I've been trying to do some buffer overflow attack, and I thought I could use system("/bin/bash") in order to obtain a root shell.

Then I read the documentation for system().

It says:

system() will not, in fact, work properly from programs with set-user-ID or set-group-ID privileges on systems on which /bin/sh is bash version 2, since bash 2 drops privileges on startup.

The system I am attacking has a bash version 4.3, and when I use a system("/bin/bash"), I don't get root privileges (of course the initial program I am attacking starts with root privileges). My question is: will system drop privileges only on bash version 2, or will it drop them for any bash that has a version > 2?

EDIT: /bin/bash just drops privileges, while /bin/dash or /bin/sh don't.

After reading comments from @StéphaneChazelas, EDIT2:

  • check this link for more explanation and accuracy about bash dropping privileges.
  • -p option can be used to be sure to keep privileges when the bash spawns.

1 Answer 1


Current version

Recent versions of bash will drop privileges, unless it was started with -p. From the section of bash(1) describing the privileged mode:

If the shell is started with the effective user (group) id not equal to the real user (group) id, and the -p option is not supplied, [...] the effective user id is set to the real user id. If the -p option is supplied at startup, the effective user id is not reset. Turning this option off causes the effective user and group ids to be set to the real user and group ids.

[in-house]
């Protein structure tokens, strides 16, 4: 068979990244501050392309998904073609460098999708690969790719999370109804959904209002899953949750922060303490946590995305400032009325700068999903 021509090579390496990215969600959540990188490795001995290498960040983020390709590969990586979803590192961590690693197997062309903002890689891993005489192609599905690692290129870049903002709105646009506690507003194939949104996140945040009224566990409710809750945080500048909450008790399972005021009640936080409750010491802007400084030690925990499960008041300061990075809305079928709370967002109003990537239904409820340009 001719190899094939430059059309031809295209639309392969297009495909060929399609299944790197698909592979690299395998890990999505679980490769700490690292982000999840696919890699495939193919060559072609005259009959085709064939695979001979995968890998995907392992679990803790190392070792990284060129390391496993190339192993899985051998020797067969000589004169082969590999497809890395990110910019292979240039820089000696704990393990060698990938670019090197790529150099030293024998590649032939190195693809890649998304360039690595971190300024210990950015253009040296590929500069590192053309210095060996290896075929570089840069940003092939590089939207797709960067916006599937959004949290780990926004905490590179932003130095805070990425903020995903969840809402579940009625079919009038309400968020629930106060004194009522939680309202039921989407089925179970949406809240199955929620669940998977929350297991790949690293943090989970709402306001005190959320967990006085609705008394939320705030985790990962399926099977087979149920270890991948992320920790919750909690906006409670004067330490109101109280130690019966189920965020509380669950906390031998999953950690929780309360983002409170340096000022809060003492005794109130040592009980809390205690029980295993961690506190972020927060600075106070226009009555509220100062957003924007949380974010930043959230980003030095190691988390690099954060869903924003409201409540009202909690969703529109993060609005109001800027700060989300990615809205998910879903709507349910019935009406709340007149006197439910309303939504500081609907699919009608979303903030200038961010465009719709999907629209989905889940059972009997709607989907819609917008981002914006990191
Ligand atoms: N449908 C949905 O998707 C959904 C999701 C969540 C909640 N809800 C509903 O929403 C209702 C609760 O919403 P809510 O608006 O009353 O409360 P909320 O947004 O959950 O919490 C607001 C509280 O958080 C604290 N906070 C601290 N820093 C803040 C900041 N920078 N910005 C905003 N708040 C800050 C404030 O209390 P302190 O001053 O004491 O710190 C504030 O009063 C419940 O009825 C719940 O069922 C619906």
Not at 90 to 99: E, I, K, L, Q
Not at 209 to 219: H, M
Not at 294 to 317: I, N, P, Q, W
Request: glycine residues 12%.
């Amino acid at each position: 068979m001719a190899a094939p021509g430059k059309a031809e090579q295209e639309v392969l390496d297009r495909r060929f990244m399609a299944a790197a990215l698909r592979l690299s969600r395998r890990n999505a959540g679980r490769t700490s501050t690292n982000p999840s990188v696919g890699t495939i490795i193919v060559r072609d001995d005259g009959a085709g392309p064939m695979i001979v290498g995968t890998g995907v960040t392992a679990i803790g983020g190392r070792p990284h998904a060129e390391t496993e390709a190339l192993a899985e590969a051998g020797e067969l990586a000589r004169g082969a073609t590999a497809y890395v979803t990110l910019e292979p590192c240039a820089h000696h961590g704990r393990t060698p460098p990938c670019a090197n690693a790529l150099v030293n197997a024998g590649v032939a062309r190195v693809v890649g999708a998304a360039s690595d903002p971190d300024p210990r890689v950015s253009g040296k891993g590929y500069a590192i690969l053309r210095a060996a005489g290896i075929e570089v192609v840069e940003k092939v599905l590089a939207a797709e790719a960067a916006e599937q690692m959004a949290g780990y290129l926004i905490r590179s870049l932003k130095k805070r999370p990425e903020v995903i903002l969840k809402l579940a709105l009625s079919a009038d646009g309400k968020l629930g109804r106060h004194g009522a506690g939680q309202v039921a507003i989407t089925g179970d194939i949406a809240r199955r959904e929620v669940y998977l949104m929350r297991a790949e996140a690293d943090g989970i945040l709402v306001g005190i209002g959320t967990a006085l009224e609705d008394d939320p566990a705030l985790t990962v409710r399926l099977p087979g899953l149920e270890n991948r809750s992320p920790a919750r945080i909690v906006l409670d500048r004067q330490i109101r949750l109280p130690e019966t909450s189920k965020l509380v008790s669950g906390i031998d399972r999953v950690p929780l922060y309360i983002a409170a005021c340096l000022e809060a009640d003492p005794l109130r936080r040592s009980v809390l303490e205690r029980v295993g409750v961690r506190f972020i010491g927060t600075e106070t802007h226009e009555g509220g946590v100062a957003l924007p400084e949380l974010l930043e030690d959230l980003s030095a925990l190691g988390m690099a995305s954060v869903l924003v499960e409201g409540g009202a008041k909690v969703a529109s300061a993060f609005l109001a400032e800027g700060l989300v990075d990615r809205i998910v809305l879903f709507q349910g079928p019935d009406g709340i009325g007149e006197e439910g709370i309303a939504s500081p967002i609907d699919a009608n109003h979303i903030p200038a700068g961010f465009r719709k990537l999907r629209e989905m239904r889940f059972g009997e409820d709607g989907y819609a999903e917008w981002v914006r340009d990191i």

Historical versions

You asked "From which version...?". The part of system() that you quote has been unchanged since the earliest revision available in the active git repository (version 1.70). That was checked in in 2004, and the comments indicate it was last modified in 2001.

Bash version 3 was released in 2004. That means that bash 2 would have been the current/latest version at the time. So effectively, it's saying "...bash version 2 or higher/newer", ie. this has been the case since version 2.

To confirm for yourself, you could try to build some intermediate versions and test them, or consult the bash git repository. The lines responsible are:

  if (running_setuid && privileged_mode == 0)
    disable_priv_mode ();

Those have been there since version 2.0. Looking back to version 1.14.7, bash would only drop privileges when privileged mode was explicitly disabled with +p:

    case 'p':
      if (on_or_off == '+')
        setuid (current_user.uid);
        setgid (current_user.gid);
        current_user.euid = current_user.uid;
        current_user.egid = current_user.gid;

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